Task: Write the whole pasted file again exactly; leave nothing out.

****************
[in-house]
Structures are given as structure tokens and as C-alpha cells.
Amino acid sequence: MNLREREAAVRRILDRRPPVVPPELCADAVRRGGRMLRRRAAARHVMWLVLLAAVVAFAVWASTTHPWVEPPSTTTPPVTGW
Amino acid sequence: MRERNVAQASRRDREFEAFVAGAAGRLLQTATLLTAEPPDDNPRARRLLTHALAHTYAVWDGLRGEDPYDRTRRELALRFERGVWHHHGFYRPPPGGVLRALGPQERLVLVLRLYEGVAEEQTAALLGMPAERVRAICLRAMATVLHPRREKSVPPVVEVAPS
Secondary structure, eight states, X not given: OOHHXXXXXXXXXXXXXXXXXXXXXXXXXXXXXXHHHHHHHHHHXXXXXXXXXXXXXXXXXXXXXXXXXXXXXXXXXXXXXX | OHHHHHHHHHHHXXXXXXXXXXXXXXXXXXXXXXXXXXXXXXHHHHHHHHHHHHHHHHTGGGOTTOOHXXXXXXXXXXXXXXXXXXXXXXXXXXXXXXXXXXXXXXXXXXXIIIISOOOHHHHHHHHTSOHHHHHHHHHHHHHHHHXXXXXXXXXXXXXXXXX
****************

[in-house]
Structures are given as structure tokens and as C-alpha cells.
Amino acid sequence: MNLREREAAVRRILDRRPPVVPPELCADAVRRGGRMLRRRAAARHVMWLVLLAAVVAFAVWASTTHPWVEPPSTTTPPVTGW
Amino acid sequence: MRERNVAQASRRDREFEAFVAGAAGRLLQTATLLTAEPPDDNPRARRLLTHALAHTYAVWDGLRGEDPYDRTRRELALRFERGVWHHHGFYRPPPGGVLRALGPQERLVLVLRLYEGVAEEQTAALLGMPAERVRAICLRAMATVLHPRREKSVPPVVEVAPS
Secondary structure, eight states, X not given: OOHHXXXXXXXXXXXXXXXXXXXXXXXXXXXXXXHHHHHHHHHHXXXXXXXXXXXXXXXXXXXXXXXXXXXXXXXXXXXXXX | OHHHHHHHHHHHXXXXXXXXXXXXXXXXXXXXXXXXXXXXXXHHHHHHHHHHHHHHHHTGGGOTTOOHXXXXXXXXXXXXXXXXXXXXXXXXXXXXXXXXXXXXXXXXXXXIIIISOOOHHHHHHHHTSOHHHHHHHHHHHHHHHHXXXXXXXXXXXXXXXXX